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31, Jalan Berangan
Kuala Lumpur
Tel: 03-2141 9282
Business hours: Open Tuesday to Saturday,
noon-3.00pm and 5.00pm-11.00pm;
Sunday, noon-10.30pm.
Closed on Monday.Email: info@albionkl.com or go to albionkl.com


Enjoy a Sunday roast at Albion KL.

MELODY leads a charmed life. She gets to travel to exotic places and eat at fabulous places for work, like this modern English bistro in the heart of Kuala Lumpur.

From this establishment, she smuggled a bit of macaroni and cheese home in a microwaveable container, presumably to taunt me – again. The M&C was cold and had congealed into a lumpy mass, but it was glorious. I suspect the added bacon had enough time to infuse the leftovers with its savoury, smoky flavour on the way home.

We agreed we had to go back there. If their mac-and-cheese is this good, what else can they do?

Melody wanted the Sunday roast, so she e-mailed ahead for details. Yes, they had roast beef or lamb on the Sunday we’d planned to drop by. I wanted the lamb, a meat with more character. Her e-mail response was a heart-rending, “But I want beeeeeeeeeeeeeeeeeeeeffffffffffffff and it is my birthdayyyyyyyyyyyyyyyyyyyyyy.”

When she’s like this, there’s no point arguing. So “beeeeeeeeeeeeeeeeeeeeffffffffffff” it is, even though her actual birthday had passed a while back.

Tucked inside the Changkat Bukit Bintang area, the red-painted façade of Albion is a beacon for visitors with a poor sense of direction. One is embraced by a palpable kind of Englishness upon entry. On a wall is an arty portrait of Sir Winston Churchill chomping on a cigar. Classical English court music wafted through the air as we pored over the menu, a subtle reminder to always, among other things, mind your P’s and Q’s and sipping (not gulping) your tea within the premises.

Manager James Grierson guided us through the selections and portion size (typically Malaysian, he suggests). We decided to go with Albion’s Greek-style Salad and a serving of roast beef to share, with mini Yorkshire puddings. Dessert remained a question mark for a while.

Several warm buns were brought to our table in a tiny basket, with slices of softened butter and what I assumed was the “spiced tomato jam”, while our orders were seen to. The appetising tomato jam, a mixture that included anchovies and olive oil, was surprisingly delicious when eaten with buttered buns but it left us hungrier than before we walked through the door.

Then the salad came.

We felt the price of the Greek-style salad didn’t compensate for the abundance of feta cheese in it. The sharp-tasting tangy and salty cheese, together with the olives, mushrooms and various greens, made for a rich, satisfying appetiser.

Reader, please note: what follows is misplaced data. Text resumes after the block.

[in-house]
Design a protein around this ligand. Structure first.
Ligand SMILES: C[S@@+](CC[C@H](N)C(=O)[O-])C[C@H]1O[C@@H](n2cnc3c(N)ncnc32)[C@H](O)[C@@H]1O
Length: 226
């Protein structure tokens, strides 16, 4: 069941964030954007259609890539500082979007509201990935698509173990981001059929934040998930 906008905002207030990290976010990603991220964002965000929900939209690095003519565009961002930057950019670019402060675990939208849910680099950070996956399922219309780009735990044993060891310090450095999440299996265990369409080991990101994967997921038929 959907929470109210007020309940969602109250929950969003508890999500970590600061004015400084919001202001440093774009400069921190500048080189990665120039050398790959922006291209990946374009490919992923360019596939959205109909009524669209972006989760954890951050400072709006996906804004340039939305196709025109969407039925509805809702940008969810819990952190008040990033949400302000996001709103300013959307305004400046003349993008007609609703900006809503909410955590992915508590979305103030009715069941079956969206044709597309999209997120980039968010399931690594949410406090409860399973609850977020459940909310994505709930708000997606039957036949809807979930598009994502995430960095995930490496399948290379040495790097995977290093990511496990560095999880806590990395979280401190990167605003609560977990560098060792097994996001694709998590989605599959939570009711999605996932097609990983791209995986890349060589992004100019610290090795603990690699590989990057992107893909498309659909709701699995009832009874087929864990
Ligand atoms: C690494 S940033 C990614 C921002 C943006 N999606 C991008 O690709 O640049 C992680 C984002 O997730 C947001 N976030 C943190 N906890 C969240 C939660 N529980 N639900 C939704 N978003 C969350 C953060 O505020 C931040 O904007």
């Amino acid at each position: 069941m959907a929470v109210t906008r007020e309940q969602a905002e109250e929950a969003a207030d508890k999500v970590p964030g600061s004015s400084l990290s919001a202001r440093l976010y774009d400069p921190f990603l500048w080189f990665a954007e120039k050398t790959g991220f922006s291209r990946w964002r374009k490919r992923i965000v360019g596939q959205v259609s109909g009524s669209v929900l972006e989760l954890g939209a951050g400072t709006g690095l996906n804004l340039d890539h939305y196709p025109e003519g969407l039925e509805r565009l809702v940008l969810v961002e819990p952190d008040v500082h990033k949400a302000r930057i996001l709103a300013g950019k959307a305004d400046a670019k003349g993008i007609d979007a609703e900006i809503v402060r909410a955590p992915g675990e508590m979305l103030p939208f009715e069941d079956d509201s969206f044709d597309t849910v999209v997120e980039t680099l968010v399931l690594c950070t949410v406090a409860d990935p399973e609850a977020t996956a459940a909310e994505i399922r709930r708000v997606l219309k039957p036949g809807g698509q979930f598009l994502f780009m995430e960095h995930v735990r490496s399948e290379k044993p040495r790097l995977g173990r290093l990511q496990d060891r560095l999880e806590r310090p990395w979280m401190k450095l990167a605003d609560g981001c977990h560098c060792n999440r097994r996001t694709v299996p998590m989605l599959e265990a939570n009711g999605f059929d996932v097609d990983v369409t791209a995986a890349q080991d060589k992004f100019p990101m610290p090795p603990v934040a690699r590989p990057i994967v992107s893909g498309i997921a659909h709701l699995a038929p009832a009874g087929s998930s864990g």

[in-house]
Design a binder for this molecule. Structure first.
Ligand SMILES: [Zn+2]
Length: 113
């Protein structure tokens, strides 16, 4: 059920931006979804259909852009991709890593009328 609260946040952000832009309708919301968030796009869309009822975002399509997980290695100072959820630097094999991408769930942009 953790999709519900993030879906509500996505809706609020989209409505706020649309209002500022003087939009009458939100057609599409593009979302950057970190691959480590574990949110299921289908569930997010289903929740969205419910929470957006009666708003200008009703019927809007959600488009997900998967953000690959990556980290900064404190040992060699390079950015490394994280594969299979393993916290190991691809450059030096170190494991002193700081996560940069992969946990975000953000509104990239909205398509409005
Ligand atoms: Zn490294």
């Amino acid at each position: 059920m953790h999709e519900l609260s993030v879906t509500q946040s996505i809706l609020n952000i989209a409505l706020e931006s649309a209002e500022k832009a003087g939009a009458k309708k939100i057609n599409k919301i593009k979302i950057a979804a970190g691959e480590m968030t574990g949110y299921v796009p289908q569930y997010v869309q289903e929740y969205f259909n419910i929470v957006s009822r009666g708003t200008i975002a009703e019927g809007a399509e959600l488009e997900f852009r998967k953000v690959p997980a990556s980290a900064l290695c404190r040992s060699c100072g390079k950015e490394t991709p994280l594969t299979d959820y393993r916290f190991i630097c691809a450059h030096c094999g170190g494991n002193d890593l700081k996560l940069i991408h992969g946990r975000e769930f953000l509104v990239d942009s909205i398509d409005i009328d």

Albion’s chef, Colin Yap, explained that they came up with this version after trying another one that had “about six or so tiny cubes” of feta, but Albion’s had all the ingredients that made it a winner. The flavours came together really well.

Despite assurances that the portions were manageable, we still gaped at the roast when it arrived. Some slices of medium-done roast beef, greens, roast potatoes and a pair of mini Yorkshire puddings. The Yorkshire pudding was a light, crispy pastry that’s best eaten warm and useful for wiping up the leftover gravy, spilled meat juice and fat. It was the first time I’d ever seen or eaten one.

Melody tried to wheedle some secrets about making Yorkshire pudding out of the chef. The whole business is tricky, the chef said, like making soufflé.

“It’s a temperamental thing,” he added.

No fluffy, light and buttery pastries coming out of my little oven, then.

The roast was lovely. We tried slices of beef with the light and subtle horseradish sauce and the assertively pungent, sinus-clearing English mustard.

“Laave-leh,” I drawled in an exaggerated Englishman’s accent when I could breathe through my nose again. “Simply brilliant.”

Some may feel differently – it’s just roast beef, they might say – but in this cosy nook in the middle of the city, it’s also where you eat it and who made it … and maybe what they’re playing on the sound system.

Still, the meal didn’t feel complete, like a story without an ending. After sitting around for a while and sipping the rather good coffee (gasp!), we settled on the English-sounding Trinity Burned Cream with Raspberries to round up a lovely lunch.

The dessert, essentially a crème brûlée, turned out to be a good choice. Under the slightly burnt layer of sugar was a bed of rich (unburned) custard cream covering what looked like raspberry compote. One serving was just right for two waistline-watching Malaysians to share and still come away fully satisfied.

We stayed long enough to wait for teatime, but we didn’t want to ruin the experience by taking in too much of this delightful place at one go. Reluctantly, we peeled ourselves off our chairs. We’d be back.

And we are having laaaaaaaaamb the next time round.

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